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The relationship between pituitary tumors and headaches is explored, while citing various studies and treatments that help patients cope with severe headaches.
Headaches are a common complaint in patients with pituitary tumors. Although many patients presumably have headaches which are unrelated to their pituitary tumor, there are several important direct and indirect mechanisms by which pituitary tumors may elicit or exacerbate headaches. Pituitary tumors may directly provoke headaches by eroding laterally into the cavernous sinus, which contains the first and second divisions of the trigeminal nerve, by involvement of the dural lining of the sella or diaphragma sella (which are innervated by the trigeminal nerve), or via sinusitis, particularly after transsphenoidal surgery. Headache pain in these situations is typically characterized by steady, bifrontal or unilateral frontal aching (ipsilateral to tumor). In some instances, pain is localized in the midface (either because of involvement of the second division of the trigeminal or secondary to sinusitis).
In contrast to the insidious, subacute development of headaches in most patients with pituitary tumors, patients with pituitary apoplexy may experience acute, severe headaches, perhaps associated with signs and symptoms of meningeal irritation (stiff neck, photophobia), CSF pleocytosis or occulomotor paresis. Routine CT scans of the head occasionally skip the sella, hence the presence of blood or a mass within the sella may not be detected and patients can be misdiagnosed with meningitis or aneurysm. Because pituitary apoplexy represents a neurosurgical emergency, MRI should be used in patients with symptoms suggestive of this disorder. A subacute form of pituitary apoplexy has also been reported. Patients with subacute pituitary apoplexy experience severe and/or frequent headaches over weeks to months and have heme products within the sella on MRI scans.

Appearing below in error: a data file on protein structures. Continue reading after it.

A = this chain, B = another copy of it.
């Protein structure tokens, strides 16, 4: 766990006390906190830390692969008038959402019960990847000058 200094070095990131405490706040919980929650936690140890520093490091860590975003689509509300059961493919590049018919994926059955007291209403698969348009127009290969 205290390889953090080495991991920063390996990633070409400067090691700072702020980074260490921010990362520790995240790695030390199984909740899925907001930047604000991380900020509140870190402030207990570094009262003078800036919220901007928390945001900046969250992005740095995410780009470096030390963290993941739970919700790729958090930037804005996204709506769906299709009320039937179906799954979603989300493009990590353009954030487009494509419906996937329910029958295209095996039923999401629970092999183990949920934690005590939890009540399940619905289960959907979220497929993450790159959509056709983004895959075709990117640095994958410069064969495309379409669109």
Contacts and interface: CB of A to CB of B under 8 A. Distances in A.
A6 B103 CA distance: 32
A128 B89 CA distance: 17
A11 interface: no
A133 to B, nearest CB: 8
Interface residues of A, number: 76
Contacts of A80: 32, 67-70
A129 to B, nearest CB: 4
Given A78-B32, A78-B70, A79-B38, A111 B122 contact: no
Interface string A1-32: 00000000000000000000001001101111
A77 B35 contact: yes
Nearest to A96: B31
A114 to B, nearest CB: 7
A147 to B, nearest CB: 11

In most instances, headaches are not attributable to direct effects of the pituitary tumor and indirect causes must be considered. Generally, indirect effects of pituitary tumors are caused by reduced secretion of pituitary hormones and are manifested by promotion of "vascular" headaches (e.g., migraine). The major exception to this rule relates to the potential for acromegalic patients to develop headaches secondary to cervical osteoarthritis. Vascular headaches may be exacerbated in association with disruption of normal menstrual cyclicity and impaired gonadal steroid secretion (e.g., from hyperprolactinemia or gonadotropin deficiency). Hyperprolactinemia, hypothyroidism and hyperthyroidism may also have direct effects, independent of gonadal hormones. Headaches are common in acromegaly, and in the majority of cases the etiology is not well understood.
Finally, drug management of pituitary tumors may inadvertently impact headaches. Octreotide results in extremely rapid headache improvement with patients with acromegaly. The rapid time course suggests it is not due to lowering of GH levels. Octreotide also has a dramatic beneficial effect on migraine and may be producing relief of headache by vascular mechanisms. Occasionally severe headaches surface in acromegalic patients after reduction or discontinuation of octreotide, as a "withdrawal" phenomenon.
Bromocriptine or other dopamine agonists occasionally trigger severe headaches. When this occurs, it is important to recognize that bromocriptine has been reported as a cause of pituitary apoplexy, and it may be necessary to perform an MRI or CT to rule out infarction or hemorrhage within the pituitary. Once it is established that the patient is not infarcting the pituitary, it is generally safe to treat the headaches symptomatically (not with an ASA containing drug) and consider alternative therapies for the prolactinoma if the problem remains severe.
Pituitary tumor patients with vascular headaches are generally quite responsive to standard prophylactic migraine drugs (e.g., tricyclic antidepressants, verapamil and beta-blockers). It is best to begin therapy with very low-dose medication (e.g., 10 mg of amitriptyline at bedtime) and resist the impulse to escalate the dose rapidly to higher levels. Often patients have an excellent response to 10-30 mg of a tricyclic antidepressant, although it may take up to six or more weeks to reach the ultimate benefit. The choice of tricyclic antidepressant should be based upon the desired side effects (e.g., either more sedation or less sedation) The newer, serotonin-selective antidepressants are generally less effective for headaches than tricyclics, although some patients do respond nicely to these agents. In some cases it may be necessary to use combination therapy (e.g., verapamil plus a tricyclic).
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